Elizabeth Warren asks feds to reject Kinder Morgan pipeline expansion request

Sen. Elizabeth Warren wrote to the U.S. Fish & Wildlife Service, urging them to reject a Kinder Morgan request to allow them to begin construction on a gas pipeline in Western Massachusetts. Steve Pope / Getty Images

Sen. Elizabeth Warren is asking the federal government to oppose a request that would allow construction to begin on a Kinder Morgan natural gas pipeline.

In a letter to the U.S. Fish & Wildlife Service, the Massachusetts senator urged the federal agency to reject a request by the Tennessee Gas Pipeline Company, for an extension of the March 31 tree-clearing deadline so that the Kinder Morgan subsidiary can begin construction of the Connecticut Expansion.

The 13-mile pipeline—consisting of three loops in Massachusetts, Connecticut, and New York, which was approved by the federal government in March—is not a part of the proposed Northeast Energy Direct pipeline, another Kinder Morgan project that would transport fracked natural gas from Pennsylvania to New England.


The 400-mile Northeast Energy Direct pipeline has sparked fierce opposition among some local residents and environmental groups—including Warren, who wrote opposing the project in 2014.

“I am troubled by Kinder Morgan’s attempts to circumvent federal and state requirements and demand hasty approval of tree-clearing and other potentially damaging activities,” the Democratic senator wrote in her April 7 letter to the Fish & Wildlife Service regarding the expansion.

“The Connecticut Expansion Project has substantial implications for conservation efforts in Massachusetts,” she added, “and it should not be rushed forward without full consideration of those impacts.”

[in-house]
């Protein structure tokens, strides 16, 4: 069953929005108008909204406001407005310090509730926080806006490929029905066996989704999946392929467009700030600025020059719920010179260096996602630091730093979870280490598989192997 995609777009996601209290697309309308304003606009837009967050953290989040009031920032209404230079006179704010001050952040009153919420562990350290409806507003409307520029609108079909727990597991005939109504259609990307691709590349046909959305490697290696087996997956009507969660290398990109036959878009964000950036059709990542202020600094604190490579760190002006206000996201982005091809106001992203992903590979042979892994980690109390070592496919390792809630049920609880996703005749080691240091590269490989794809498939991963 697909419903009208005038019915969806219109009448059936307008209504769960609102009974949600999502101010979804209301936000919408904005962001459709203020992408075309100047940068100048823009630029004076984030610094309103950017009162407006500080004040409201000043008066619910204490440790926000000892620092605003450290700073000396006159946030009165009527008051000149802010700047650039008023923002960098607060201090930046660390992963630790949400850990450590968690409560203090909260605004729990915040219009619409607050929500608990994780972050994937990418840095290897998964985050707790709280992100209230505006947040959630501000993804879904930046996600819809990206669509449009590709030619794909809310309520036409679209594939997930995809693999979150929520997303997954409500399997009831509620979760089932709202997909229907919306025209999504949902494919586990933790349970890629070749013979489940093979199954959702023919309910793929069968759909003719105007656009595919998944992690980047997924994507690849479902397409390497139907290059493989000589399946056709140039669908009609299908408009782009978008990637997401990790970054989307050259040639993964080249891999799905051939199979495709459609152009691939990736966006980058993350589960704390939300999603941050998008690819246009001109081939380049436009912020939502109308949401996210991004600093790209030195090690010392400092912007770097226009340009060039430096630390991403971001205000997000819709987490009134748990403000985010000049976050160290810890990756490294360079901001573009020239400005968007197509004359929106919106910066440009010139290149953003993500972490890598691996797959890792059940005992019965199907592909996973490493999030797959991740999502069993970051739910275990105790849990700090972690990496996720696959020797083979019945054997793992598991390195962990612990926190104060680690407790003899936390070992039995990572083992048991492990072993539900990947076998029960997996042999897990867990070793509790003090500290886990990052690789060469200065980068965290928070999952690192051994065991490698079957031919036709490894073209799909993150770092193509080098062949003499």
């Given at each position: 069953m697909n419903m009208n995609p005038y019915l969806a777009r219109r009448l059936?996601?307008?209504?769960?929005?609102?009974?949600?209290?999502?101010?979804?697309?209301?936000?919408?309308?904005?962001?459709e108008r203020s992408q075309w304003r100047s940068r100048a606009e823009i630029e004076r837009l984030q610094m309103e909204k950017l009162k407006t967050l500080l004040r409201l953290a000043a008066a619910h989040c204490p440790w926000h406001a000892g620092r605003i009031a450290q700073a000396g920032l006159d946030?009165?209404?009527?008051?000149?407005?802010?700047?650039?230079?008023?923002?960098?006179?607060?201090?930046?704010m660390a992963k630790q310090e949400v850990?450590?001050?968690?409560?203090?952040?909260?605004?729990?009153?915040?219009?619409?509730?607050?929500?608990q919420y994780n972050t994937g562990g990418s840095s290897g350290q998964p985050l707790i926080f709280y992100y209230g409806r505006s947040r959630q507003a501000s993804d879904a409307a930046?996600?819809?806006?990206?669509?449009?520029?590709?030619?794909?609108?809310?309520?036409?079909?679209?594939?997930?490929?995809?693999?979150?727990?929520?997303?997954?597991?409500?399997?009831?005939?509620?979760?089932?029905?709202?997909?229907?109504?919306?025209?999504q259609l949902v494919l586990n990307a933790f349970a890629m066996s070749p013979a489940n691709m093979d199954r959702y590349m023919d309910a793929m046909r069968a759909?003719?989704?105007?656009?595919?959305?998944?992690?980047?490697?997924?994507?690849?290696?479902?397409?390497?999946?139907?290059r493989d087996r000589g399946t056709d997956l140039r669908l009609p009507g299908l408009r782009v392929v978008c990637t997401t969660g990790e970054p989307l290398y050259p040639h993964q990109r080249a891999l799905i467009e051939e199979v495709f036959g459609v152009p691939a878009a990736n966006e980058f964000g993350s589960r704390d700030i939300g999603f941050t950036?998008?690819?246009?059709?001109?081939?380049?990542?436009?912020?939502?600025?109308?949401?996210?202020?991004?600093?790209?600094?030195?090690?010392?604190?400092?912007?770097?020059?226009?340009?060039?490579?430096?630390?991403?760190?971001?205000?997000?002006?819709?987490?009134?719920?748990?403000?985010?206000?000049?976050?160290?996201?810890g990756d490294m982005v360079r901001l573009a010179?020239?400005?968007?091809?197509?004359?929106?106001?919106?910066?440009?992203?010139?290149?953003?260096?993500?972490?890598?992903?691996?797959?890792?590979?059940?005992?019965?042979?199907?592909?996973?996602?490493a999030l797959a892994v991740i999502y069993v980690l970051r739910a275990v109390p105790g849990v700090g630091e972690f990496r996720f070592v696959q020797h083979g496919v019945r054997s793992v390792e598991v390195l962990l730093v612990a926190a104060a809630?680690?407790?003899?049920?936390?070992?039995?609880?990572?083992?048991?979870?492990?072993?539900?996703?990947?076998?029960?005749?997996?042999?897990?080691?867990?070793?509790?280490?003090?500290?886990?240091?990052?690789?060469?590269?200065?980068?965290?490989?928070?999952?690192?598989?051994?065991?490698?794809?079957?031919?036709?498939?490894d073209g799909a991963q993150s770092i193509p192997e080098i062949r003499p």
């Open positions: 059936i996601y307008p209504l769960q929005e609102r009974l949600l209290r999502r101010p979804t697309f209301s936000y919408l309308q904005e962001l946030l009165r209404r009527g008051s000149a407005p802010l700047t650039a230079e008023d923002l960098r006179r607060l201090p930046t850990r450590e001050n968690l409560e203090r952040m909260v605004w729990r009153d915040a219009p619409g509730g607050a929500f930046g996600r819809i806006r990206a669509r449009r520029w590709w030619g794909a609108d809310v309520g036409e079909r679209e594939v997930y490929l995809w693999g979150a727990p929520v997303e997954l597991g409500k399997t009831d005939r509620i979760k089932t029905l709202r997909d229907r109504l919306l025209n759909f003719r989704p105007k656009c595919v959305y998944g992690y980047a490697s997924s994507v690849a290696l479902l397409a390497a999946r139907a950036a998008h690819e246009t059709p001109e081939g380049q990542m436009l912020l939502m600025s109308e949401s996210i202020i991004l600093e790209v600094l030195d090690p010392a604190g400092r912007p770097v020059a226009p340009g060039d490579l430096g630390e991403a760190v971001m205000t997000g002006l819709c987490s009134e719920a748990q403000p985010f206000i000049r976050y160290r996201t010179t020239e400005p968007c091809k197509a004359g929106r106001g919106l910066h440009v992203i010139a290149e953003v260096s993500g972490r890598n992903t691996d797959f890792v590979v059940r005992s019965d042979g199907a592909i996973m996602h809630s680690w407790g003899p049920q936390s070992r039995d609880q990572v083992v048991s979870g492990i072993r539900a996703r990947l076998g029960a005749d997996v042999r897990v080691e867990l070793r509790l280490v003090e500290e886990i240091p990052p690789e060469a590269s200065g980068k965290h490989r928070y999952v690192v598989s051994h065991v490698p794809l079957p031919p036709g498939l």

In response, Kinder Morgan spokesman Richard Wheatley told Boston.com that the company “takes its commitment very seriously regarding environmental protection and compliance with applicable laws and measures for protecting the natural habitat and critical and endangered species.”

“The Connecticut Expansion Project received an extremely thorough review during the Certificate application process by the Federal Energy Regulatory Commission [FERC] and other agencies,” Wheatley said. “Our overarching goal is to continue to be a good environmental steward and employ sound protective measures regarding the environment and natural habitat as we seek access to begin work on the federally approved project.”

In her letter to the Fish & Wildlife Service, Warren said the October 1 to March 31 tree-clearing limitation was important to protect local wildlife, particularly threatened species.


“A number of federally protected migratory birds and the northern long-eared bat – listed as threatened under the Endangered Species Act – rely on trees in the region for habitat during warmer months,” she wrote, adding that allowing tree-clearing during this year’s warm spring would ” likely disturb protected species that have already roosted in the area.”

Warren also noted that the entire pipeline route had not been secured by Kinder Morgan, as the company had not been granted authority under the Massachusetts Constitution to use Western Massachusetts conservation land the expansion is proposed to run through.

Article 97 of the state constitution says any measure changing the use of conservation land must obtain a two-thirds vote from the state legislature in support.

bill introduced last year to allow the Connecticut Expansion to be built through the Otis State Forest in southern Berkshire Country was heard in November, but has yet to be scheduled for a vote.

Massachusetts Attorney General Maura Healey also filed her opposition to Kinder Morgan’s request in an interview Monday with New England Public Radio.


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